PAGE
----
Mercedes Yardley takes the book's central premise - a young woman who sees demons, has seen them since she was a child - and runs with it. Luna Masterson is a feisty heroine who spends much of book running, either towards things or away from things - though often she and the reader are unsure which of those two directions it is.
Luna is an orphan. Her only family are her brother and his daughter - the pair abandoned by the child's mother. Her constant companions are the whispy insubstantial demons seeking to gain entrance to her house, to creep beneath her skin into her soul, to walk in her flesh, stalking her mistily until they can coallesce into sufficient form to attack, or be attacked.
Growing up with the ability to see such creatures is bound to leave its Mark, and Luna certainly has an attitude. In someways she reminds me of Lisbeth Salander - the quirky heroine of The Girl with the Dragon Tattoo. There is the same defiance of societal norms from someone who society fears because her talents and experiences put her beyond normal comprehension.
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The plot feels organic, its evolution leaving the reader breathless as Luna swivels within a demonic maze, neither she nor the reader sure of the truth of what they are seeing, or hearing - none of us knowing who to trust when even the darkest demons are clad in shades of grey. Like the characters in the film Insidious, Luna finds scenes of horror overlaid on the ordinairy in an illusion so seamless one cannot see the join with reality - and in the midst of such nightmares, madness beckons.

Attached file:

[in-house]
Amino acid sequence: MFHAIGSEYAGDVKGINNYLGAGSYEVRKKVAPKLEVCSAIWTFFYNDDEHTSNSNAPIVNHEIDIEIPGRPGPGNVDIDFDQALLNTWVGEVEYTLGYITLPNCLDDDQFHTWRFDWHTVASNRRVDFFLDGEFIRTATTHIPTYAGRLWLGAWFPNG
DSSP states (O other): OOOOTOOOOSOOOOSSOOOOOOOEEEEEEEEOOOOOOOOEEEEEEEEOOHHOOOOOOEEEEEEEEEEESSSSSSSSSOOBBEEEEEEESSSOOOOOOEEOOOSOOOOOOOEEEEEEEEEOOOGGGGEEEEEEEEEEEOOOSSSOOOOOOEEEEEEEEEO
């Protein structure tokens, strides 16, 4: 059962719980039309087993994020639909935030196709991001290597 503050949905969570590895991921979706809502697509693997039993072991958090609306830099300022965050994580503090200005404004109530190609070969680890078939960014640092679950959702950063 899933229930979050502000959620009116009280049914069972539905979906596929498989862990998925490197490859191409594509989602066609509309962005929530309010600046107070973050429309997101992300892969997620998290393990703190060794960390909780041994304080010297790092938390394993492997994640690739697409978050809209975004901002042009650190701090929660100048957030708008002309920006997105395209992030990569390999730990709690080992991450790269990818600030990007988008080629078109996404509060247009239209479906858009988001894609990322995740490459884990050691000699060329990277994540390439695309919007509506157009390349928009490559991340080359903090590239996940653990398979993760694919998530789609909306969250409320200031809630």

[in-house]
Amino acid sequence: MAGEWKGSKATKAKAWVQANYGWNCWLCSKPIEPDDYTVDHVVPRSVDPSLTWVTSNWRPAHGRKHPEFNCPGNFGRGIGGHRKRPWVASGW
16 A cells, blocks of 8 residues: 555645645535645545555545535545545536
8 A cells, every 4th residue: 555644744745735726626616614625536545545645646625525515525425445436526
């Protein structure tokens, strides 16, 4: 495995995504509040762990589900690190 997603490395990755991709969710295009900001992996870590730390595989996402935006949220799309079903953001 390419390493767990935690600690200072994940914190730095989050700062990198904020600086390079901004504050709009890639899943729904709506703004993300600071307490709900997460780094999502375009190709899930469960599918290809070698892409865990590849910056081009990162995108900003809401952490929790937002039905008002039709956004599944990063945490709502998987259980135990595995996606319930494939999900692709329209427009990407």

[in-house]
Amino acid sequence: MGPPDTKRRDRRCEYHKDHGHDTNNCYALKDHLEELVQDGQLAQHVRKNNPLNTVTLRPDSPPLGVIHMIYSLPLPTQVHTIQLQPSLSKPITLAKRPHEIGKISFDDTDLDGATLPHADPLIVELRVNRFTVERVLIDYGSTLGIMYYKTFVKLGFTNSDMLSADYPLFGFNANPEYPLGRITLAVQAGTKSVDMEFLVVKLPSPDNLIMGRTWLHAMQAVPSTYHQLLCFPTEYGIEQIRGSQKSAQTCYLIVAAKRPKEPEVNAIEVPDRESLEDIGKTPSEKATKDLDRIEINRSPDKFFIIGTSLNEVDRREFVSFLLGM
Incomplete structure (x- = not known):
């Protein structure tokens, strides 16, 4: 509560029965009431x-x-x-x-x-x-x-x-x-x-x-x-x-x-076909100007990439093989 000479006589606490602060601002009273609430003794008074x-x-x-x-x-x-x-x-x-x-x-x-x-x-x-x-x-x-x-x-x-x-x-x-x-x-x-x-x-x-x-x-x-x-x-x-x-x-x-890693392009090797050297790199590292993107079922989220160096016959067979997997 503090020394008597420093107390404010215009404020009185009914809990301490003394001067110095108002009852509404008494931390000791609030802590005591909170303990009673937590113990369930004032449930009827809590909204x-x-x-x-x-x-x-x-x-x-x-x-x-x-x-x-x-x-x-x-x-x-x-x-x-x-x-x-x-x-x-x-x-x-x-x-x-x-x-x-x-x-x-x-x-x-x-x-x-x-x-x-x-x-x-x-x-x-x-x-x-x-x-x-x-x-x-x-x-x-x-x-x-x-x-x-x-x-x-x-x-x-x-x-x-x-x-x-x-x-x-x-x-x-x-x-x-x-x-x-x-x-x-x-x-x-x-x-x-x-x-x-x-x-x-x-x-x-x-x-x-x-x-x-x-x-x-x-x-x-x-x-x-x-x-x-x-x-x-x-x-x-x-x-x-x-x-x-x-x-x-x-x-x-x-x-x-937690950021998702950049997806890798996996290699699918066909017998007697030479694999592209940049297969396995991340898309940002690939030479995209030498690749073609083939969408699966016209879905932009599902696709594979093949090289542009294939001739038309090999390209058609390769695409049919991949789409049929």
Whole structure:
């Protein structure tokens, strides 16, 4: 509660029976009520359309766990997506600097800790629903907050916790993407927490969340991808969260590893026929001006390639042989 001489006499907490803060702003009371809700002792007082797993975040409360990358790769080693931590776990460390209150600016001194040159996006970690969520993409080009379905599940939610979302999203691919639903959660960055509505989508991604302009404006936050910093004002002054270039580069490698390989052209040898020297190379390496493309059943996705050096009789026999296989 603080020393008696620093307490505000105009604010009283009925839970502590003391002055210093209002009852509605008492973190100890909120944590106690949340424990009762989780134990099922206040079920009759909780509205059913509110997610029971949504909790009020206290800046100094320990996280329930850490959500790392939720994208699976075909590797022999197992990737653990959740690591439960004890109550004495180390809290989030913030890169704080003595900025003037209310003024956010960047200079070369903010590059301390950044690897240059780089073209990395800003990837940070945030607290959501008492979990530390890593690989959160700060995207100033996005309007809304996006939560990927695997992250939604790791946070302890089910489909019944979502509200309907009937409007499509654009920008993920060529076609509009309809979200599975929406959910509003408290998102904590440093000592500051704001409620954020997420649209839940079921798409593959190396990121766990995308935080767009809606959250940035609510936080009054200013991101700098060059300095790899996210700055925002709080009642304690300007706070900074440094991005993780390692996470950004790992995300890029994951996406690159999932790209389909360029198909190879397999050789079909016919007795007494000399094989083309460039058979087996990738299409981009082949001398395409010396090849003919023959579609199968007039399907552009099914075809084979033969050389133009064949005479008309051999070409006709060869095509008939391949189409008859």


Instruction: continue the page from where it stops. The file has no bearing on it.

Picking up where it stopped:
The prose is clipped, efficient, stripped down like the powerful motorcycle Luna is fond of riding. Luna leads the reader through a compression of scenes to give that sense of accelerated living (and dying) you might get in a video game.
I was warned that Nameless, Mercedes Yardley's first novel, was different to her other works and it is that, but does not suffer from the variation. In her other stories Yardley surveys the scene from the lofty perspective of mutiple third person Points of View, the perfect vantage point from which to deploy the whimisical omniscience - the dark authorial asides - that keep us gripped and smiling in the midst of dire themes of inhumanity. We see that style too in the prologue to Nameless, an ill-fated sleep-over that gives an insight into Luna's childhood.
However, for the rest of the story, the author descends into the first person viewpoint of Luna, a ground level perspective in the head of a frenetic and sometimes frantic heroine. It is an authentic voice in a fast paced story that can leave the reader breathless with its switches in direction. We do not always like Luna - like those around her we find her headstrong and frustrating at times. But she is always true to herself and she, unlike so many of the creatures around her, is always human